ABSTRACT: Explanation of regional thermal maturity and CO2 variations, offshore Myanmar
Matthews, Martin D.1, Michael A. Kowalski2,
and David B. Ephraim2
(1) Exploration Technologies, Inc, Sugar Land, TX
(2) Texaco Exploration, Bellaire, TX
Heat flow in the Northeastern Gulf of Martaban varies spatially and temporally. These variations are significant to hydrocarbon and CO2 generation. There are four thermal events associated with rifting: 1) Sag, then cooling; 2) Renewed subsidence and faulting, 6 to 2 ma; 3) Northern platform heating, 2 to 1 ma; and 4) Southern platform heating.
The Miocene kerogen, within the deep basin, entered the "oil window" 8 to 5.5 ma, the "gas window" 6.5 to 5 ma and the "dry gas window" 6 to 4.5 ma. This kerogen ceased generating significant hydrocarbon quantites when the source reached the depth of dry-gas production. Recent production of gas is from non-expelled heavier hydrocarbons. Subsequently, maturation has progressed shoreward.
The Miocene kerogen, within the shallow platform, entered the "oil window" in the last 0.6 million years. In areas of lower heat flow, the source is immature. Generation that transitions these two areas is gradual in the absence of let-out faults. The upper zone is currently undergoing active generation whereas the deeper zones had done so earlier. Where a let-out fault is present, in the zone landward of the fault, the kerogen is usually less than 70% transformed.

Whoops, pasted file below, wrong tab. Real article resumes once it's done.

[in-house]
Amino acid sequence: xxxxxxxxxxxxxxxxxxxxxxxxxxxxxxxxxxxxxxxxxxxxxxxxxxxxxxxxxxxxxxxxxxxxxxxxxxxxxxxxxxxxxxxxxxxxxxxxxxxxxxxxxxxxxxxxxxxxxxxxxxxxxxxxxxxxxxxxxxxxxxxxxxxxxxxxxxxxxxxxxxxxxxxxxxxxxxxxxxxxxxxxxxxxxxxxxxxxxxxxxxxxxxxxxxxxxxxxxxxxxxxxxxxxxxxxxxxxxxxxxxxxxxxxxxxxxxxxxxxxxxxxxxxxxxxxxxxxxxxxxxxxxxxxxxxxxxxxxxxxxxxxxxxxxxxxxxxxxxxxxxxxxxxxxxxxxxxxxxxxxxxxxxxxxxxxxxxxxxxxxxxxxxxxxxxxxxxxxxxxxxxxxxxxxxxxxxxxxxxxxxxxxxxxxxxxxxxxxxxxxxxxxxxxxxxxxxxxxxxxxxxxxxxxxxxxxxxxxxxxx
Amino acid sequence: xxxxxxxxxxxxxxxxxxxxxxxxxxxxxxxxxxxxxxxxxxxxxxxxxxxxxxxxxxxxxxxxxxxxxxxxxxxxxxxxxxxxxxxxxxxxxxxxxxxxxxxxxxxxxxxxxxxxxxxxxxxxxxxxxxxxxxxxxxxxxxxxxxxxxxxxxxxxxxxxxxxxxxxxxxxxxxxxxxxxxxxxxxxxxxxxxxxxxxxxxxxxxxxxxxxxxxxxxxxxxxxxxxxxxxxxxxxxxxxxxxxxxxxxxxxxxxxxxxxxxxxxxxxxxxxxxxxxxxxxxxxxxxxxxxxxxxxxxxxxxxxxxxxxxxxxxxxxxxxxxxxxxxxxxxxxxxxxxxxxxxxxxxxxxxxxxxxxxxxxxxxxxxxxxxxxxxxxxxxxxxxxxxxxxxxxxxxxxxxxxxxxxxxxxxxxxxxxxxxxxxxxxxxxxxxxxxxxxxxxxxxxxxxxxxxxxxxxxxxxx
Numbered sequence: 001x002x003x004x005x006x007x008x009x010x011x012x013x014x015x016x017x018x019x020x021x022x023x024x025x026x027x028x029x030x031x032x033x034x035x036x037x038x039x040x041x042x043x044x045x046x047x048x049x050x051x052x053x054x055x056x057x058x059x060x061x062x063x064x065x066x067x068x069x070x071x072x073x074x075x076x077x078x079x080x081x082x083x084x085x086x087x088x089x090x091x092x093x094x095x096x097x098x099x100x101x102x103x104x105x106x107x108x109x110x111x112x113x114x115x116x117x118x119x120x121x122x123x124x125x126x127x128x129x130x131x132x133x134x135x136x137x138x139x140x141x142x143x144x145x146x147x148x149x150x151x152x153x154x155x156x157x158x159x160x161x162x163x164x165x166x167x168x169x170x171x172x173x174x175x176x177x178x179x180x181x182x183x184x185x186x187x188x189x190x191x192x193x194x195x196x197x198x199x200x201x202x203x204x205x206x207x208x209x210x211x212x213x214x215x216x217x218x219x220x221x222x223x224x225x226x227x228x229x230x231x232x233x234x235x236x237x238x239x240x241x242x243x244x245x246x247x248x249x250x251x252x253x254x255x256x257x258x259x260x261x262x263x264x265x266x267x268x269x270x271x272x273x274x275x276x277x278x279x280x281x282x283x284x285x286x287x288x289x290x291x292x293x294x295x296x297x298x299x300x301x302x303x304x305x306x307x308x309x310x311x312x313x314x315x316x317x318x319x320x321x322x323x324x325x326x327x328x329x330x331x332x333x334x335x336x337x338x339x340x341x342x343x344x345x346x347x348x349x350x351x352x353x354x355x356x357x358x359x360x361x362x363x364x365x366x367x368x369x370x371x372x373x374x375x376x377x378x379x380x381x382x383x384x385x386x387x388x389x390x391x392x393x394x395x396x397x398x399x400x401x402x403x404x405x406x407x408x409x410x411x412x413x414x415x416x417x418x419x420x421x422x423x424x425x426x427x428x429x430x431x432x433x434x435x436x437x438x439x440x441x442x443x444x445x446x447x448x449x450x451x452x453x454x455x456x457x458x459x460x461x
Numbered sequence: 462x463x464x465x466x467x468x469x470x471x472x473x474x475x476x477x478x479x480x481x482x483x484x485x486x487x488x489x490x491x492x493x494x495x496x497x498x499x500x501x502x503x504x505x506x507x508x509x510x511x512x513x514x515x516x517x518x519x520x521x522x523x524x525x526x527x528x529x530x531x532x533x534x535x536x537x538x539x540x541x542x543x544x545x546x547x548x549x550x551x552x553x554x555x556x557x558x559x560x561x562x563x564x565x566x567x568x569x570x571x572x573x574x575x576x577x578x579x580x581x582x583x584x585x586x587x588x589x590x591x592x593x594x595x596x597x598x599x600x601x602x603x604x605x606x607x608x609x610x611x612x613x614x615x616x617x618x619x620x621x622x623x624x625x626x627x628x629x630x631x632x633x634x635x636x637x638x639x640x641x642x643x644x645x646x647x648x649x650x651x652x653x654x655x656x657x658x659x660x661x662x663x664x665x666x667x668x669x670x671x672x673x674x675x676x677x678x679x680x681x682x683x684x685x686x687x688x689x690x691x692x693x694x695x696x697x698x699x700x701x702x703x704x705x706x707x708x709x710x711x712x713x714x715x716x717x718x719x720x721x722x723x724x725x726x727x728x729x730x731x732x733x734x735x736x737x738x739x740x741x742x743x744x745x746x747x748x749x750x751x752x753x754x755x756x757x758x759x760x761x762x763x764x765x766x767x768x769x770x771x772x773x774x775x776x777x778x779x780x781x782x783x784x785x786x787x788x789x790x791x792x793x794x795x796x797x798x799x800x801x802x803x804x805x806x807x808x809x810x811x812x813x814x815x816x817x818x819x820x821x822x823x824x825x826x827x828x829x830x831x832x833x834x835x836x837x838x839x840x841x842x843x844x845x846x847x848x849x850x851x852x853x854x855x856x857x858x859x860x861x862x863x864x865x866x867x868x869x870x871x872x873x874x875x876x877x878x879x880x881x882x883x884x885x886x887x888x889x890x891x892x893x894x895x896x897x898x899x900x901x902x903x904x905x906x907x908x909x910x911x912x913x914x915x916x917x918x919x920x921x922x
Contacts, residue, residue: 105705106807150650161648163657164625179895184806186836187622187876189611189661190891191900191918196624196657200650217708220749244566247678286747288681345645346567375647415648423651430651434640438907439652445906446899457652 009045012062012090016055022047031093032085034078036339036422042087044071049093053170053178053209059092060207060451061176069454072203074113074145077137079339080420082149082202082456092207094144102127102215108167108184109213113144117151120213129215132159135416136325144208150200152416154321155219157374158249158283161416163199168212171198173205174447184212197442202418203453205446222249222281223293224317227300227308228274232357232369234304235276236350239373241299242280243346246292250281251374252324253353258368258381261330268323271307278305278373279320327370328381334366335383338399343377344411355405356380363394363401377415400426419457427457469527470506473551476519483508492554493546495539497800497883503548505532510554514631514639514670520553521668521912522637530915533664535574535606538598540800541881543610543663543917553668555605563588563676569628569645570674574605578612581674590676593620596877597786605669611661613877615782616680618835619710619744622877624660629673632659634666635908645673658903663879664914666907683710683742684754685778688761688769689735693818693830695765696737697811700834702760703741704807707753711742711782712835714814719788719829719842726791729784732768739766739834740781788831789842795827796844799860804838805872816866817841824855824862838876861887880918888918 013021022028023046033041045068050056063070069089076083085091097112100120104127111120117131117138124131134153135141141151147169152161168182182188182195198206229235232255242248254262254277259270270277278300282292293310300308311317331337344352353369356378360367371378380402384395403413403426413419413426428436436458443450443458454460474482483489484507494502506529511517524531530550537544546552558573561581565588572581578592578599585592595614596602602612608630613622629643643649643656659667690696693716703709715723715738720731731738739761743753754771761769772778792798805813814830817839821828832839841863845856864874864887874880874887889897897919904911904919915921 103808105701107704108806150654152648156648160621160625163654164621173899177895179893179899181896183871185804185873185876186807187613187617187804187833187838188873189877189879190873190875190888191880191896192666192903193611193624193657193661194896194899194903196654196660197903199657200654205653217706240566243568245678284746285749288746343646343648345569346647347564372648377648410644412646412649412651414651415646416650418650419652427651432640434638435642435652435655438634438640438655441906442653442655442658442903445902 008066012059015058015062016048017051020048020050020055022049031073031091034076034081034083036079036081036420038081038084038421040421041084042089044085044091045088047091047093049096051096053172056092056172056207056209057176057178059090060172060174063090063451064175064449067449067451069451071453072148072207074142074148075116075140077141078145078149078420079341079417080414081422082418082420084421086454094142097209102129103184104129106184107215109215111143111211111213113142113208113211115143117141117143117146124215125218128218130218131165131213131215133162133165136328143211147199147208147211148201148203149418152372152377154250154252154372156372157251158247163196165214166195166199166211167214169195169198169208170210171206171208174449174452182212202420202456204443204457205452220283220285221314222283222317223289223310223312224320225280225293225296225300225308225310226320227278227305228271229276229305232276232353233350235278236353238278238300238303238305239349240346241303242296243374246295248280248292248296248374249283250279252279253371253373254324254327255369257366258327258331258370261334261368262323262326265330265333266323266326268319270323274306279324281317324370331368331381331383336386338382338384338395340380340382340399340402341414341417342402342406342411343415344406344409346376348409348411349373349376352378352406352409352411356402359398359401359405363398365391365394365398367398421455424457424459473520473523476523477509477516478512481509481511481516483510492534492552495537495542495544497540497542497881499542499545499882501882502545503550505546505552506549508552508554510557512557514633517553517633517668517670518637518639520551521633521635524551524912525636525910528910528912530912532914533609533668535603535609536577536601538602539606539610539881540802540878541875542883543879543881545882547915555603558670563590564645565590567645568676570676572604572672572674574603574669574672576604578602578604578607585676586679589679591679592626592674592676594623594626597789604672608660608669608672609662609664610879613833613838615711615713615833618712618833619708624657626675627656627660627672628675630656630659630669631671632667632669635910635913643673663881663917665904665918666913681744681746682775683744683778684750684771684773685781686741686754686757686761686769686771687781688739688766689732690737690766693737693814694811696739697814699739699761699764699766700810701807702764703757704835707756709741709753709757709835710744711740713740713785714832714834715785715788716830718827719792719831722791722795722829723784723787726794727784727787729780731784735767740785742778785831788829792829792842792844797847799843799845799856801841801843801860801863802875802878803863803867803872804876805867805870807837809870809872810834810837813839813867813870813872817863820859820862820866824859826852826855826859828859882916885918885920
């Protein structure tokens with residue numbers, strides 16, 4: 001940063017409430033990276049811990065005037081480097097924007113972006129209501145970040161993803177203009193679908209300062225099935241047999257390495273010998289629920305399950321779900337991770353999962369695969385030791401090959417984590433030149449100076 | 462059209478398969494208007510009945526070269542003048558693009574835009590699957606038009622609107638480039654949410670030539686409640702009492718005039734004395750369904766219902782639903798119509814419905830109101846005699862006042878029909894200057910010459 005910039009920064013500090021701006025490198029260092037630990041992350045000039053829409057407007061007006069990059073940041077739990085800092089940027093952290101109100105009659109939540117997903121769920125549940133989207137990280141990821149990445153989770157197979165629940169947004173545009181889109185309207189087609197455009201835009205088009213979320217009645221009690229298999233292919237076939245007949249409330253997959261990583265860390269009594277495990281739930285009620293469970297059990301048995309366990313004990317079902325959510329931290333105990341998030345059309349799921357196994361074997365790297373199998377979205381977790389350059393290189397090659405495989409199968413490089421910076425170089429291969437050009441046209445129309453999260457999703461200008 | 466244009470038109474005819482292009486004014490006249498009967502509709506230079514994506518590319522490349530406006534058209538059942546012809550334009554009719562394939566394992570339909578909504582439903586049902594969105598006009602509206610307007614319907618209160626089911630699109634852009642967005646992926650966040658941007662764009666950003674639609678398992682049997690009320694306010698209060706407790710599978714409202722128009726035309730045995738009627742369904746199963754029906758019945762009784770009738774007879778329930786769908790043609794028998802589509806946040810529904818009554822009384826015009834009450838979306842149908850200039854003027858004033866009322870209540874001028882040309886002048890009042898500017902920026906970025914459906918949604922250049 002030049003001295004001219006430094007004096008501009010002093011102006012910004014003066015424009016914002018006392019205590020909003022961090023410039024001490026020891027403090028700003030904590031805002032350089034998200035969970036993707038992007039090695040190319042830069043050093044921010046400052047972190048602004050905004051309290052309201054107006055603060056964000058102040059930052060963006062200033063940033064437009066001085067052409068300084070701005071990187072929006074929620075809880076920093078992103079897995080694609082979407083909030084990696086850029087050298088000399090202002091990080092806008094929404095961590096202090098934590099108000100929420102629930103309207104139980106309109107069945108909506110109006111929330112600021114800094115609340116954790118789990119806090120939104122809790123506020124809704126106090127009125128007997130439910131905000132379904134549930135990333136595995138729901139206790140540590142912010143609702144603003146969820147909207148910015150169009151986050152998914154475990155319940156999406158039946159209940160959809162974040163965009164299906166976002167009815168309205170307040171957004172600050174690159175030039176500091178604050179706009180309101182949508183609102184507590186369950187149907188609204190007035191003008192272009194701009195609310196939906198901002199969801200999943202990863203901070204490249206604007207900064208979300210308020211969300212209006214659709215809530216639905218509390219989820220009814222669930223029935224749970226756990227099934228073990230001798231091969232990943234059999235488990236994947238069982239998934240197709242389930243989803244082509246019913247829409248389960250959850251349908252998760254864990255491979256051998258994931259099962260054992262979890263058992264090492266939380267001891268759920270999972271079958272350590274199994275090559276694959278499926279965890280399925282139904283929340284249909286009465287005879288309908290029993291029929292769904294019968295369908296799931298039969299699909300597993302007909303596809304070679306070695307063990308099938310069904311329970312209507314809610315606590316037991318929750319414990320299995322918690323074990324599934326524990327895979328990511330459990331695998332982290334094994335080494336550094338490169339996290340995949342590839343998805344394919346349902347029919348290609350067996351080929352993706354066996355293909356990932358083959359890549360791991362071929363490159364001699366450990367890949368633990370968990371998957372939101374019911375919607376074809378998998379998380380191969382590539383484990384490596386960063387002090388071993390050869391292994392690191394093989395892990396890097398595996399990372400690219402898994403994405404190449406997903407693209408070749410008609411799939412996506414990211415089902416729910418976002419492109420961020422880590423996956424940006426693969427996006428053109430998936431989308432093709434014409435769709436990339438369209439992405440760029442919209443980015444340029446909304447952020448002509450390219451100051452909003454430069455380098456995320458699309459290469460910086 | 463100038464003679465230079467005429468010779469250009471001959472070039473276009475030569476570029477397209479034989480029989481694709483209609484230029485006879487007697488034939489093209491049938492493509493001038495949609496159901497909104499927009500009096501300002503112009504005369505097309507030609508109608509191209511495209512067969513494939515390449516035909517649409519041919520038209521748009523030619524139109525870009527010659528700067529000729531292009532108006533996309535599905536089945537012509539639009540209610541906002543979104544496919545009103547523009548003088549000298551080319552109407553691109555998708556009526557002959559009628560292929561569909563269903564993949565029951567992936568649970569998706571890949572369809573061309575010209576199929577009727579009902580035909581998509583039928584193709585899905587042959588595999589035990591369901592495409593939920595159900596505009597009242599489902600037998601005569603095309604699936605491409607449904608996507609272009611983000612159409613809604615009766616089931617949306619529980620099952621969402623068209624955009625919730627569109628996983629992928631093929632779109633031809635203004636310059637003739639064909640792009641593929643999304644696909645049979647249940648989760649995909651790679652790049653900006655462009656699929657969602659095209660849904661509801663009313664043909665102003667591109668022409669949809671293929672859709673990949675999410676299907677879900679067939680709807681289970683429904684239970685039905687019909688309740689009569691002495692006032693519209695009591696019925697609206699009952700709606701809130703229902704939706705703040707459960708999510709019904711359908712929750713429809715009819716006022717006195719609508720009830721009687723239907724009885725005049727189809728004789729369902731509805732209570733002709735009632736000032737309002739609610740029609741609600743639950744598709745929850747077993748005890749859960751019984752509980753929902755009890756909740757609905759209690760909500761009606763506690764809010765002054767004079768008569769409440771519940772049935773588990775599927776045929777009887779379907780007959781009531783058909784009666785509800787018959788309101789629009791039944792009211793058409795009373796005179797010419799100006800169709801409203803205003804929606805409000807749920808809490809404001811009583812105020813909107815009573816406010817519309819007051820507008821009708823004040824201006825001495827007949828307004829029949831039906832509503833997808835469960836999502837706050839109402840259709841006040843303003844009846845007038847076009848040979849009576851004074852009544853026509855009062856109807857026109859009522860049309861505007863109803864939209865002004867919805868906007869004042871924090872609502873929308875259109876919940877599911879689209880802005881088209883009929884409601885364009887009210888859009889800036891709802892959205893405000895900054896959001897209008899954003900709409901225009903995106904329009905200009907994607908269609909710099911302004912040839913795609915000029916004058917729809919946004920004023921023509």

The probability of CO2 generation should be greatest in, and adjacent to, regions of highest heat flow. Current heat flow is divided into low and high levels. The difference appears to be related to basement rifting and later intrusions. The free-air gravity was used to interpret the distribution of the rifts and different heat flow regimes.
AAPG Search and Discovery Article #90913©2000 AAPG International Conference and Exhibition, Bali, Indonesia